Have you had stuck fermentation? It sucks! Hopefully we can figure out the reasons behind your particular situation so it does not happen again! You don’t want to leave stuck fermentation too long, otherwise you may get infection, like the scary looking picture below!
Cause: Poor Quality Yeast/ Not Enough Yeast
Maybe you are making a beer kit that sat on the shelf to long? Was there a rip in the package? Did you pitch enough for that brew? If you pitched anyways, you may still get fermentation, even if it is a long lag time (12+ hours). This is not good for a few reasons, one, your wort is susceptible to all kinds of infection at this stage, and two, your yeast may be too tired to completely ferment out resulting in an overly sweet beer.
Make a yeast starter with pre-boiled water, yeast, and yeast nutrient. This way you can see right away if your yeast is viable. If you have already pitched, make a yeast starter, and pitch again!
Cause: Incorrect Temperatures
Yeasts are tough little guys, and usually have a “Happy Range” temperature of between 18-25 degrees. If you start to go below 18 degrees, your yeast will become sluggish and in fact may give up completely. If they are pitched above the range, you will kill them! between this range, as long as they get off to a great start, you will see vigorous activity!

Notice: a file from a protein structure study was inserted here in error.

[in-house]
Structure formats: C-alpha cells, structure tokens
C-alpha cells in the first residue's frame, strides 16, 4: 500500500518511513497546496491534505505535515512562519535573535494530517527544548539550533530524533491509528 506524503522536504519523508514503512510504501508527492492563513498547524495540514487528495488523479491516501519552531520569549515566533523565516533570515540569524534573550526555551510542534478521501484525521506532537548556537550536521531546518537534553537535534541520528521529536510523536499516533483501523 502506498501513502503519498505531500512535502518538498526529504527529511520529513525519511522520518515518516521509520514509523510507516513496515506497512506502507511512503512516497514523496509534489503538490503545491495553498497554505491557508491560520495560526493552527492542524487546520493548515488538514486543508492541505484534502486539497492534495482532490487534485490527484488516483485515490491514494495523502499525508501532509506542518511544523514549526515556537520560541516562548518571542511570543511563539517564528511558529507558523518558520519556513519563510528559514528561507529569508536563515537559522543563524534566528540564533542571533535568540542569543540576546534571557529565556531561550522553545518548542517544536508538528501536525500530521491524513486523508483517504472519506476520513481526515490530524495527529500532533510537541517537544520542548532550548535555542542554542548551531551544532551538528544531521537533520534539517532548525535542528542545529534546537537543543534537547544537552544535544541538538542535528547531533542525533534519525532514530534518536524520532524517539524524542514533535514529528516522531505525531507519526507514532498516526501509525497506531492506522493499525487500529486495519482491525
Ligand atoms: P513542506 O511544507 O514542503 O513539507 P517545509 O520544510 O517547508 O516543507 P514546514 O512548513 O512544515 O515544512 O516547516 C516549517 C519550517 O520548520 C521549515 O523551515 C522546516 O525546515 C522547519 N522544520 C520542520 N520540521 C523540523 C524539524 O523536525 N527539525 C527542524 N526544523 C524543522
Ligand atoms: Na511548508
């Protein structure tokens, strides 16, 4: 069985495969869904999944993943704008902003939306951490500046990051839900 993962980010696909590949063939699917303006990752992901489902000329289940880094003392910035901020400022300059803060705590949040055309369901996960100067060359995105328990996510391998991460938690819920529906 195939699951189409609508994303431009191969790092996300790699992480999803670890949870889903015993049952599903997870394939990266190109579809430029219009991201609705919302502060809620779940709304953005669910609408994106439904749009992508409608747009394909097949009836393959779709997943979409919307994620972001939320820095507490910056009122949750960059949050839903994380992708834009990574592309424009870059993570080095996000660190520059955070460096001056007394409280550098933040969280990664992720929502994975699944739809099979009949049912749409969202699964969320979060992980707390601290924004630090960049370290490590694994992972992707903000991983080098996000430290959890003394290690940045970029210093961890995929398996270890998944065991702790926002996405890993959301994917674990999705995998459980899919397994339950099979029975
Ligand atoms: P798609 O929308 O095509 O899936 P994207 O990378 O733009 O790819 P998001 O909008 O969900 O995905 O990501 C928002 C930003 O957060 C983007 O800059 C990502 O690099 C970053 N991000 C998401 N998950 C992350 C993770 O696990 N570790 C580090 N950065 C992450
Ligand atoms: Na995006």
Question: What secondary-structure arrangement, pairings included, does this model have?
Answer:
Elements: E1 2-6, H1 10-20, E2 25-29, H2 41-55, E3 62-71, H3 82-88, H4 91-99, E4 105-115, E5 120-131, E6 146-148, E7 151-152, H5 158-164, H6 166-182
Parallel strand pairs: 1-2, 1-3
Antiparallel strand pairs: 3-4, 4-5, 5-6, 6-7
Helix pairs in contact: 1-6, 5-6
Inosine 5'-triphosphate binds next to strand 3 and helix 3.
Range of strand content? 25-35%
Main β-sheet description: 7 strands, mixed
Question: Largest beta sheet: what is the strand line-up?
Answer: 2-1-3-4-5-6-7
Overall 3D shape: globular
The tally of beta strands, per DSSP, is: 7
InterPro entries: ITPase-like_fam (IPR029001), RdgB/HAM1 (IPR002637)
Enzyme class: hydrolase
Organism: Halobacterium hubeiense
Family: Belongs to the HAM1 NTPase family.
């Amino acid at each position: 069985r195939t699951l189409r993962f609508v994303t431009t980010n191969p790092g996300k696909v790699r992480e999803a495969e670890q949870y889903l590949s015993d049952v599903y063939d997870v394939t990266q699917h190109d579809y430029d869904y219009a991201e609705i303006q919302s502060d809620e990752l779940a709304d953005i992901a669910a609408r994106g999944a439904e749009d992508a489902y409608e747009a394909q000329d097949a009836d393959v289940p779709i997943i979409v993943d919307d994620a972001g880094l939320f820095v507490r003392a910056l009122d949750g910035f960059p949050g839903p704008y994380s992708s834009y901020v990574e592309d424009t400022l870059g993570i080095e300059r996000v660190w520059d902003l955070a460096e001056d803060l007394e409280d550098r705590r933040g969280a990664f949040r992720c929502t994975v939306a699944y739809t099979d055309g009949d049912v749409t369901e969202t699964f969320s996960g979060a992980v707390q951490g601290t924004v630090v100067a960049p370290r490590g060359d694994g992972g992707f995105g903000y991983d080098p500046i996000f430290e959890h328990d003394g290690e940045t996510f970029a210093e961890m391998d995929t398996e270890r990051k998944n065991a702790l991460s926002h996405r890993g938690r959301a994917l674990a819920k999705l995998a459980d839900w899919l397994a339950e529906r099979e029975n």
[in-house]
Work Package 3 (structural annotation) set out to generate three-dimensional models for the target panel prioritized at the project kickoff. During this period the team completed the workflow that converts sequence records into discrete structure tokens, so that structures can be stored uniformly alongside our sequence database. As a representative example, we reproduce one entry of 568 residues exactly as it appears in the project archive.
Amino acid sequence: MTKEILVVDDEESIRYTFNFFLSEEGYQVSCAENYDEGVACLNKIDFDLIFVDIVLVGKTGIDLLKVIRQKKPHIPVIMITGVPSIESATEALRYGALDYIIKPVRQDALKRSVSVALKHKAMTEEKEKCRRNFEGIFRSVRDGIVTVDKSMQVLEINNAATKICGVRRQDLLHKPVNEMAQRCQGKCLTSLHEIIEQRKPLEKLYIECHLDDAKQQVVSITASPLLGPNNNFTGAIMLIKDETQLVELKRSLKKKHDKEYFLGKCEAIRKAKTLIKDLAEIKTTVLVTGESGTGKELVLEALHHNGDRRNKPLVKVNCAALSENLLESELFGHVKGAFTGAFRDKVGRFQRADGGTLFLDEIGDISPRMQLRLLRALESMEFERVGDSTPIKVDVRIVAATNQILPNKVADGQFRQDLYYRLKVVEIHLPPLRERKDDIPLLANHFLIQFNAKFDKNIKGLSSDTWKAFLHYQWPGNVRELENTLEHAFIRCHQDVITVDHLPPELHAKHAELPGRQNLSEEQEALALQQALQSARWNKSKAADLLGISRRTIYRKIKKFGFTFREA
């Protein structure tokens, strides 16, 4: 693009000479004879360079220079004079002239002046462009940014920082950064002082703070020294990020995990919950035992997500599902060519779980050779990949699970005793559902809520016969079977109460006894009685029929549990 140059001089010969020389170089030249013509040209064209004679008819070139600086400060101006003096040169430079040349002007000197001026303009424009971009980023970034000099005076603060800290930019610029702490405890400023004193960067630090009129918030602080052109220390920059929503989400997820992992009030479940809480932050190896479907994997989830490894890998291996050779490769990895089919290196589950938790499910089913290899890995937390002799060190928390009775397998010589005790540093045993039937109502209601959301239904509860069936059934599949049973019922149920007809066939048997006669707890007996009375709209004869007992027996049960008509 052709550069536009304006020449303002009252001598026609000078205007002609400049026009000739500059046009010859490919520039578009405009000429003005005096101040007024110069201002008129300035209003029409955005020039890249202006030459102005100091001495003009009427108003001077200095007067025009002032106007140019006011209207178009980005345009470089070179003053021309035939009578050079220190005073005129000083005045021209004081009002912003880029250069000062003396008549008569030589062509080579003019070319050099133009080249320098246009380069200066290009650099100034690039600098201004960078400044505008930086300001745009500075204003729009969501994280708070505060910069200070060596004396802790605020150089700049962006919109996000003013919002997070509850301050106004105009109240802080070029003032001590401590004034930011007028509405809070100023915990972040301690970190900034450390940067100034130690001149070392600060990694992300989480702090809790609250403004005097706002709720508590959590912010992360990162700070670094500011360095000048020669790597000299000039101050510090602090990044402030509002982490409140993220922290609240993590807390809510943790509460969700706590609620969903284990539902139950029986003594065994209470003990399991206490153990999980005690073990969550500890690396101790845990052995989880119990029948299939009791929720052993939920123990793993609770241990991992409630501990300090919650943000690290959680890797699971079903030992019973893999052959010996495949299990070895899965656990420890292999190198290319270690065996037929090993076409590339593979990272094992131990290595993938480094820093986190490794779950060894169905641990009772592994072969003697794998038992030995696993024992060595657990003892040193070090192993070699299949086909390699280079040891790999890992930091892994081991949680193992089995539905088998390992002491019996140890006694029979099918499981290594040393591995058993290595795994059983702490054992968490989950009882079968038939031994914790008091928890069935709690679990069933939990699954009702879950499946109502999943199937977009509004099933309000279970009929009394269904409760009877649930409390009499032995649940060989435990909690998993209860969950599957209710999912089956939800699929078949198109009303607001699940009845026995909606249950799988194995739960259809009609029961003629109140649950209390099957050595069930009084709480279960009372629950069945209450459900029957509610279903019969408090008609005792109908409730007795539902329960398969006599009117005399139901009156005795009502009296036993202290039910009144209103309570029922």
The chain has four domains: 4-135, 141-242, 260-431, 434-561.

bring your wort to proper temperature, and pitch new yeast! Always read the manufacturers instructions on he yeast to see the proper pitching temperature for that strain.
Cause: Lack of Oxygen
Not having enough oxygen can be another problem you encounter with home brewing. weather you didn’t stir enough, or waited to long to pitch the yeast, you may encounter a problem here.
If fermentation has not started yet, stir with a spoon and pitch more yeast. If it has, add some yeast energizer and remember to stir next batch!
Cause: Lack of Nutrients
Another reason your may have stuck fermentation is the yeast don’t have enough of “food” to eat. This will most likely happen in “big” beers (high potential alcohol) which yeast have trouble starting in.
If you have not pitched your yeast yet and you are making a “big” beer, add half a teaspoon to five gallons of beer prior to pitching. If fermentation has begun, add one teaspoon of yeast energizer to your brew.
Cause: Improper Sanatization
If you are reading this post, I am going to assume you have heard the importance of sanitization. You may also need a quick reminder of proper sanitization, please click here for that. Along with proper sanitization of equipment, you must not forget to sanitize your top up and starter water prior to using to ensure the micro-organisms are dead and will not affect your beer. If improper sanitization occurs, it gives way to the wild yeasts and bacteria that are in your brew.
Pitch new yeast. If an infection has already taken hold f your beer, still pitch the yeast. You can try it and see if you like it, and continue to age an accidental sour beer, or if you don’t like it, toss and restart! Do not throw out until you have tried it, if you like it it is fine!
Finally, if you are having troubles with your beer, there are a few things to remember for success:
- SANATIZE, SANATIZE, SANATIZE!
2. Make a yeast starter: one half cup of pre-boiled water at room temperature in a sanitized jar, yeast, and one half a teaspoon of yeast nutrient. Let sit for one half hour!
3. STIR before pitching!!